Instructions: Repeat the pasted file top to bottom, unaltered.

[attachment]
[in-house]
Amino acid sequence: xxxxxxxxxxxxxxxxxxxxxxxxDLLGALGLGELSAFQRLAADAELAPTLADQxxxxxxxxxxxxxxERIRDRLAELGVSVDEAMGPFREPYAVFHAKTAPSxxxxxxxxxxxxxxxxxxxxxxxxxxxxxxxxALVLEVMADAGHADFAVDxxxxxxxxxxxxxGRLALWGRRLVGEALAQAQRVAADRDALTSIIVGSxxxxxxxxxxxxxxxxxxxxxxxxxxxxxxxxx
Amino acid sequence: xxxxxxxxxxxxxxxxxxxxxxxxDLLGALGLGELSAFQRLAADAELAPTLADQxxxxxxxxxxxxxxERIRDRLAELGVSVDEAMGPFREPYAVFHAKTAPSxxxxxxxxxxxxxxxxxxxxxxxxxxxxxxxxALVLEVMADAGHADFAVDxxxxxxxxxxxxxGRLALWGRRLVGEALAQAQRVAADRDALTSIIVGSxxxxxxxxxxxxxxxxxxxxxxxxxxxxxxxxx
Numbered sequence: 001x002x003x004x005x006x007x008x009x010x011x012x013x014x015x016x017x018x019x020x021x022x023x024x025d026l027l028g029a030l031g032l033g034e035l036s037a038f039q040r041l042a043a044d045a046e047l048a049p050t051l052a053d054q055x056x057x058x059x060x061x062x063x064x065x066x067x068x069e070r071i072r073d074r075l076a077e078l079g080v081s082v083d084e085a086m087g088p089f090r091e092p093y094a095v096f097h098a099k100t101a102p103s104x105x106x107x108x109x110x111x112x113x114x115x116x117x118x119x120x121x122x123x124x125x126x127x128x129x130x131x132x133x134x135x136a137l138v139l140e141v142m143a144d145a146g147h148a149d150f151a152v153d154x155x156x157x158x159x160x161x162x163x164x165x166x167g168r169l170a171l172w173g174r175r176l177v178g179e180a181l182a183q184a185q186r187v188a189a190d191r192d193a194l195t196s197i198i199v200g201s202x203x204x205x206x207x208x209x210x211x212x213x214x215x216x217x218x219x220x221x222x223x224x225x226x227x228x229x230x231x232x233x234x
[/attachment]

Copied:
[in-house]
Amino acid sequence: xxxxxxxxxxxxxxxxxxxxxxxxDLLGALGLGELSAFQRLAADAELAPTLADQxxxxxxxxxxxxxxERIRDRLAELGVSVDEAMGPFREPYAVFHAKTAPSxxxxxxxxxxxxxxxxxxxxxxxxxxxxxxxxALVLEVMADAGHADFAVDxxxxxxxxxxxxxGRLALWGRRLVGEALAQAQRVAADRDALTSIIVGSxxxxxxxxxxxxxxxxxxxxxxxxxxxxxxxxx
Amino acid sequence: xxxxxxxxxxxxxxxxxxxxxxxxDLLGALGLGELSAFQRLAADAELAPTLADQxxxxxxxxxxxxxxERIRDRLAELGVSVDEAMGPFREPYAVFHAKTAPSxxxxxxxxxxxxxxxxxxxxxxxxxxxxxxxxALVLEVMADAGHADFAVDxxxxxxxxxxxxxGRLALWGRRLVGEALAQAQRVAADRDALTSIIVGSxxxxxxxxxxxxxxxxxxxxxxxxxxxxxxxxx
Numbered sequence: 001x002x003x004x005x006x007x008x009x010x011x012x013x014x015x016x017x018x019x020x021x022x023x024x025d026l027l028g029a030l031g032l033g034e035l036s037a038f039q040r041l042a043a044d045a046e047l048a049p050t051l052a053d054q055x056x057x058x059x060x061x062x063x064x065x066x067x068x069e070r071i072r073d074r075l076a077e078l079g080v081s082v083d084e085a086m087g088p089f090r091e092p093y094a095v096f097h098a099k100t101a102p103s104x105x106x107x108x109x110x111x112x113x114x115x116x117x118x119x120x121x122x123x124x125x126x127x128x129x130x131x132x133x134x135x136a137l138v139l140e141v142m143a144d145a146g147h148a149d150f151a152v153d154x155x156x157x158x159x160x161x162x163x164x165x166x167g168r169l170a171l172w173g174r175r176l177v178g179e180a181l182a183q184a185q186r187v188a189a190d191r192d193a194l195t196s197i198i199v200g201s202x203x204x205x206x207x208x209x210x211x212x213x214x215x216x217x218x219x220x221x222x223x224x225x226x227x228x229x230x231x232x233x234x